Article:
About collecting data on BCCs, its affidavit said: “Enumeration of OBCs/BCCs has been always adjudged to be administratively extremely complex difficult and cumbersome. It has suffered and will suffer both on account of completeness and accuracy of the data, as also evident from the infirmities of the 2011 census, making it unused unusable for any official purpose and cannot be mentioned as source of information for population data in any official document.”
The Union government added that exclusion of information regarding any other caste from the purview of census is a conscious policy decision taken by it. “In such a situation, any direction from this court to the census department to include the enumeration of social-economic data to the extent relating to BCC of rural India in the upcoming census would tantamount to interfering with the policy decision,” underlined the affidavit. It said that based on the above policy decision, no information was collected about the castes except those of SCs and STs since the 1951 census in the independent India.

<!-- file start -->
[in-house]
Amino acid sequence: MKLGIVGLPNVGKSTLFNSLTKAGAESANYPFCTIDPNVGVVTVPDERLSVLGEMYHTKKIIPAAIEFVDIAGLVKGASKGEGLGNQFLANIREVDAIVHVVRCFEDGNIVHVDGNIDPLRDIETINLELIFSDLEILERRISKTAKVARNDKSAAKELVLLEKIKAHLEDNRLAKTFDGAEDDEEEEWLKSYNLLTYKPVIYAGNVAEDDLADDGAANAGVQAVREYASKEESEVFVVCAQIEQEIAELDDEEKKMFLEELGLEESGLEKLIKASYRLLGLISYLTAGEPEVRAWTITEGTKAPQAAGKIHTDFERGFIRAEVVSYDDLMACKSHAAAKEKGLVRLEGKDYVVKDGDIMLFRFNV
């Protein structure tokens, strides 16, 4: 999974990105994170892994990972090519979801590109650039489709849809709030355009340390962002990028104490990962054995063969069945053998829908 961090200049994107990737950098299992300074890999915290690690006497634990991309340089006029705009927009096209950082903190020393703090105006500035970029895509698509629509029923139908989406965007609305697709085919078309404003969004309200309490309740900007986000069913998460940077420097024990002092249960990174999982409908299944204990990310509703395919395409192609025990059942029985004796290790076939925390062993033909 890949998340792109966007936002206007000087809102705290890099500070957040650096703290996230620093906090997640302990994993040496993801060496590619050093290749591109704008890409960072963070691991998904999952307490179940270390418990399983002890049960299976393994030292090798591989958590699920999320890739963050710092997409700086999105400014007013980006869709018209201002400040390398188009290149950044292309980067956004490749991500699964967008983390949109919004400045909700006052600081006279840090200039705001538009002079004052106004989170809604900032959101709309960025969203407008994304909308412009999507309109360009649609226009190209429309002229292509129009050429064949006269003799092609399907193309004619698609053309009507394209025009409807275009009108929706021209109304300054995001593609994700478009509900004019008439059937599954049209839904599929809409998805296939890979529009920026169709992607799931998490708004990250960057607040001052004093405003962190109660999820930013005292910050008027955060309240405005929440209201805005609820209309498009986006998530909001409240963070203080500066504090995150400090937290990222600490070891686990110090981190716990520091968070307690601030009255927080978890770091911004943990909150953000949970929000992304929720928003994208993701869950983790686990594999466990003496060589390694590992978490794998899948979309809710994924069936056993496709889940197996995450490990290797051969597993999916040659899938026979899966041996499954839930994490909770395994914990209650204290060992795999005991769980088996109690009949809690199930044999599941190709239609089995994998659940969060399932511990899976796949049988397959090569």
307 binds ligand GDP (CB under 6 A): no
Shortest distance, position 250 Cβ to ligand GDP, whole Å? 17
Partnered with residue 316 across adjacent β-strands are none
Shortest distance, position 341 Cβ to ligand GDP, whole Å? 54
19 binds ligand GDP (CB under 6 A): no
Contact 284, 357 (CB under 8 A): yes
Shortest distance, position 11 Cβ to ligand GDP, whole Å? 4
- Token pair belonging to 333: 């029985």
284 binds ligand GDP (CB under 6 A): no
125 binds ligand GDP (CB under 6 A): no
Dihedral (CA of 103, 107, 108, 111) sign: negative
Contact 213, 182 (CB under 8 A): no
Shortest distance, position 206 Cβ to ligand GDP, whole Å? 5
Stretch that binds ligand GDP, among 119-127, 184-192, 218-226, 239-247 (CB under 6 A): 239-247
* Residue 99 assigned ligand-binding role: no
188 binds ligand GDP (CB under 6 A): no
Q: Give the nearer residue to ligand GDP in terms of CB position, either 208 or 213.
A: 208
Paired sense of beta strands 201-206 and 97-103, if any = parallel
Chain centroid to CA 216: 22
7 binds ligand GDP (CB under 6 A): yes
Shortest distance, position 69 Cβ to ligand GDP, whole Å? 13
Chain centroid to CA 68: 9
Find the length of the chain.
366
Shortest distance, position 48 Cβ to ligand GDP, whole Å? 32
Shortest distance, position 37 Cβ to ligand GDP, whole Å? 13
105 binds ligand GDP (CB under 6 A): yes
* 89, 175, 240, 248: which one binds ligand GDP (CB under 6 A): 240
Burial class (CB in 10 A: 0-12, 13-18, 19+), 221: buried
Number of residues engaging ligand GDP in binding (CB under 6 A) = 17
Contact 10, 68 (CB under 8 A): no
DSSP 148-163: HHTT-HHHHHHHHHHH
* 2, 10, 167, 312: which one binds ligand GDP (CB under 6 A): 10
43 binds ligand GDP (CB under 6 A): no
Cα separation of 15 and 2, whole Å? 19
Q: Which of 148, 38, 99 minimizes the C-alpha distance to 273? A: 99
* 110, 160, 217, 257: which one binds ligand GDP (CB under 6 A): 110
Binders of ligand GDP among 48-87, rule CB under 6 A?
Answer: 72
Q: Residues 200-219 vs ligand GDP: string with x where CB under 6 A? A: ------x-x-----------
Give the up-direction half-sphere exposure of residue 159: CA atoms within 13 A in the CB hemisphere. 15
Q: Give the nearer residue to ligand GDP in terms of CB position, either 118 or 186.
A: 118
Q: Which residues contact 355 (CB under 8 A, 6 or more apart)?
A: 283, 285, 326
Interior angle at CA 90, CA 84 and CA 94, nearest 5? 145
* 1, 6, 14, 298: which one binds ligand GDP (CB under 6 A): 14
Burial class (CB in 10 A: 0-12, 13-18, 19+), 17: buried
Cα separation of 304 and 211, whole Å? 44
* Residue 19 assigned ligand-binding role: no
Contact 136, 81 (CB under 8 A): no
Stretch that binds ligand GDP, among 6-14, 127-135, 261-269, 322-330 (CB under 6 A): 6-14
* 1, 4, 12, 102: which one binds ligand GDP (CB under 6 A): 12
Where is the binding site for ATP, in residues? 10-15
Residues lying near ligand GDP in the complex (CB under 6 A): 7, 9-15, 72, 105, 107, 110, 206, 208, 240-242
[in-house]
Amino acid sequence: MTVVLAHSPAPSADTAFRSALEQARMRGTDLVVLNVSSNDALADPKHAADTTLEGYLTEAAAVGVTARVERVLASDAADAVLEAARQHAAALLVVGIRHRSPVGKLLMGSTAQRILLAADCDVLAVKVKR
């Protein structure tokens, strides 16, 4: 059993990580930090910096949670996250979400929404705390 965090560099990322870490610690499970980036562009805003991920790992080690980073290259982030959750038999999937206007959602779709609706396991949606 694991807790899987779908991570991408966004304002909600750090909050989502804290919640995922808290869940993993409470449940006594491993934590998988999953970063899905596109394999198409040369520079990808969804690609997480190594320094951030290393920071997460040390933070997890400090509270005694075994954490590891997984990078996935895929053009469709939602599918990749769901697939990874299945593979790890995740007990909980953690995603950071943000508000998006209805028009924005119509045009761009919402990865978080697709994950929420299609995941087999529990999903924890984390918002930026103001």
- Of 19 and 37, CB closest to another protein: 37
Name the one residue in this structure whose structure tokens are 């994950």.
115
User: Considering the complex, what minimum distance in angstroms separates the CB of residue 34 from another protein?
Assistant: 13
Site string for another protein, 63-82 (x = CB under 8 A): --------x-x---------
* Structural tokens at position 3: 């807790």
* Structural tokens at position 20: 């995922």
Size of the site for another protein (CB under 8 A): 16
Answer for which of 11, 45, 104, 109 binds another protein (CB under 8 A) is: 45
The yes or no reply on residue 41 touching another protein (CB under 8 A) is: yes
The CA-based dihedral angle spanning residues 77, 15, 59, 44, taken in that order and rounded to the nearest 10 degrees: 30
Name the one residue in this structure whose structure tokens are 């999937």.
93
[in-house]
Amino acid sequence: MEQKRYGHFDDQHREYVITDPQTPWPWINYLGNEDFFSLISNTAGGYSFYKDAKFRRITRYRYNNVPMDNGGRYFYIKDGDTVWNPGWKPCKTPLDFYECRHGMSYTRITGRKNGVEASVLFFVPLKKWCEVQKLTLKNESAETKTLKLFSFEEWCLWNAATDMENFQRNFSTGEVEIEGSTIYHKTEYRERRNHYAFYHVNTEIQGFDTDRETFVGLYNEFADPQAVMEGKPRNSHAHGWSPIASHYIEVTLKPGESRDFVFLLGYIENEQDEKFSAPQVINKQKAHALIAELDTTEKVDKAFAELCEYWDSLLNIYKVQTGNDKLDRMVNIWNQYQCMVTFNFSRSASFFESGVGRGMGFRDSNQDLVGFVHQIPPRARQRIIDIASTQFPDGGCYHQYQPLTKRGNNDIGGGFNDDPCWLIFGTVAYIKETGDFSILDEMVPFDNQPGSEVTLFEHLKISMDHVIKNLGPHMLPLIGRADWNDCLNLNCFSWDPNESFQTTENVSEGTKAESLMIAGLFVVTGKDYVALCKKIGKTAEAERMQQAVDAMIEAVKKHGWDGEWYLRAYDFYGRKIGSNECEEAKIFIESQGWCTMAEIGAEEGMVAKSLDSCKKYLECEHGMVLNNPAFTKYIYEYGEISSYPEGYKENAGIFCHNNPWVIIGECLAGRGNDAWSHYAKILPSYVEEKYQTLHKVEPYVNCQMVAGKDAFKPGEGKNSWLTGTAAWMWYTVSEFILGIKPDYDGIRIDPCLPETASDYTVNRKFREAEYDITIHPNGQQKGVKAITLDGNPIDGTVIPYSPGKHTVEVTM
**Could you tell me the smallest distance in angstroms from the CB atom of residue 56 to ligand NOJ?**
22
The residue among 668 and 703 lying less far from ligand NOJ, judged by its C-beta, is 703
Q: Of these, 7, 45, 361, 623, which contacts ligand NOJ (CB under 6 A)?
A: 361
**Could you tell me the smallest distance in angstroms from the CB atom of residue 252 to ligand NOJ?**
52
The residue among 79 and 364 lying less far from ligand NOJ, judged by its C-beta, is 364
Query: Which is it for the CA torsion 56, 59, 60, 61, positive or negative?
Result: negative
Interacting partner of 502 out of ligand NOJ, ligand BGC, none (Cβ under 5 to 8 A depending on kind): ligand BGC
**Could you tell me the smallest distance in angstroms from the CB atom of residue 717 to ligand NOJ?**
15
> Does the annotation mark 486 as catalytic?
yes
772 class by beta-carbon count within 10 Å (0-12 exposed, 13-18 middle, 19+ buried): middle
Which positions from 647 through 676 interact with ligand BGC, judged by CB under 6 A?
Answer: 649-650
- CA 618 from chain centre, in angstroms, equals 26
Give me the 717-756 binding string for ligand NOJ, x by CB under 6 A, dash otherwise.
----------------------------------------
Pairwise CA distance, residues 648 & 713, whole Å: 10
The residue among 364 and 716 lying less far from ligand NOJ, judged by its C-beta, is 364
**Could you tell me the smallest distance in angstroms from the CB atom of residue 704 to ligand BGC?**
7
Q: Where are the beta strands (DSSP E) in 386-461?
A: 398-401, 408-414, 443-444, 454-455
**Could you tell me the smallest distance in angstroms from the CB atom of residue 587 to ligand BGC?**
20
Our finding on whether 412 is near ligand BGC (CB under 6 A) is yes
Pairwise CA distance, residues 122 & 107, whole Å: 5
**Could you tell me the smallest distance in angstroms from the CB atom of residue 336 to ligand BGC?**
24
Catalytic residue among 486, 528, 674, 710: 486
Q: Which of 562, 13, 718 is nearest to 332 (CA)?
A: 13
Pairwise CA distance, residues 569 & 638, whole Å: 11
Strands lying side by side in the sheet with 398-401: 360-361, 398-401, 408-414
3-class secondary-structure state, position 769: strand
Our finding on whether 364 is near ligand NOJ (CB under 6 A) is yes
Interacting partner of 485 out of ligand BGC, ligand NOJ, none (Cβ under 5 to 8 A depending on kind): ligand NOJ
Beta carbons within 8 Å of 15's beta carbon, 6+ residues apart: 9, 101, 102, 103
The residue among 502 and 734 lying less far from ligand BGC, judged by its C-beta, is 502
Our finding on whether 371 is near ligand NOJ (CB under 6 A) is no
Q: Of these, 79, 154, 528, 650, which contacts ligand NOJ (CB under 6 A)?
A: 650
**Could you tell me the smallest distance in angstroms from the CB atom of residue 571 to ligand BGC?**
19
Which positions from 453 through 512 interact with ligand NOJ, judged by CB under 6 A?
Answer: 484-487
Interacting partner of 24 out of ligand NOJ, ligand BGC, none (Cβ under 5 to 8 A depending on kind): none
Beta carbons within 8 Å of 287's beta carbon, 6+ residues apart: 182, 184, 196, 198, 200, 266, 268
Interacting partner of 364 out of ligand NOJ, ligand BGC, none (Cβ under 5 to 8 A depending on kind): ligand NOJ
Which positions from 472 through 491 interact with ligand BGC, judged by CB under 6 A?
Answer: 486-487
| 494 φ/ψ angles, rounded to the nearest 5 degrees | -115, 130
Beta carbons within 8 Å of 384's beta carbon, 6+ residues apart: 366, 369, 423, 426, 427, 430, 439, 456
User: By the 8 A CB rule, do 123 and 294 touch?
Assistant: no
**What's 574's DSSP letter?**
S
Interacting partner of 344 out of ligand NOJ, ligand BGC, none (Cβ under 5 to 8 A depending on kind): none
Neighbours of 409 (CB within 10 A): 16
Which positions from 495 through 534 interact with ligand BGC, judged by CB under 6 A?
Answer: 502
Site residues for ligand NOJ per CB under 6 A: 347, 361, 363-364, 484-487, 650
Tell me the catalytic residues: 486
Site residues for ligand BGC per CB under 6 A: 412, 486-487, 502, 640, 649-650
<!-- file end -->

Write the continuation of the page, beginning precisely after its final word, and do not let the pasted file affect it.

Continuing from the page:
The affidavit further highlighted that several high courts as well as the Supreme Court have earlier ruled against giving any direction to the Union government to carry out a caste census. It cited a 2014 Supreme Court judgment that had set aside the Madras High Court order directing the Centre to conduct caste-wise census in the country, terming it “as a colossal transgression of power of judicial review”.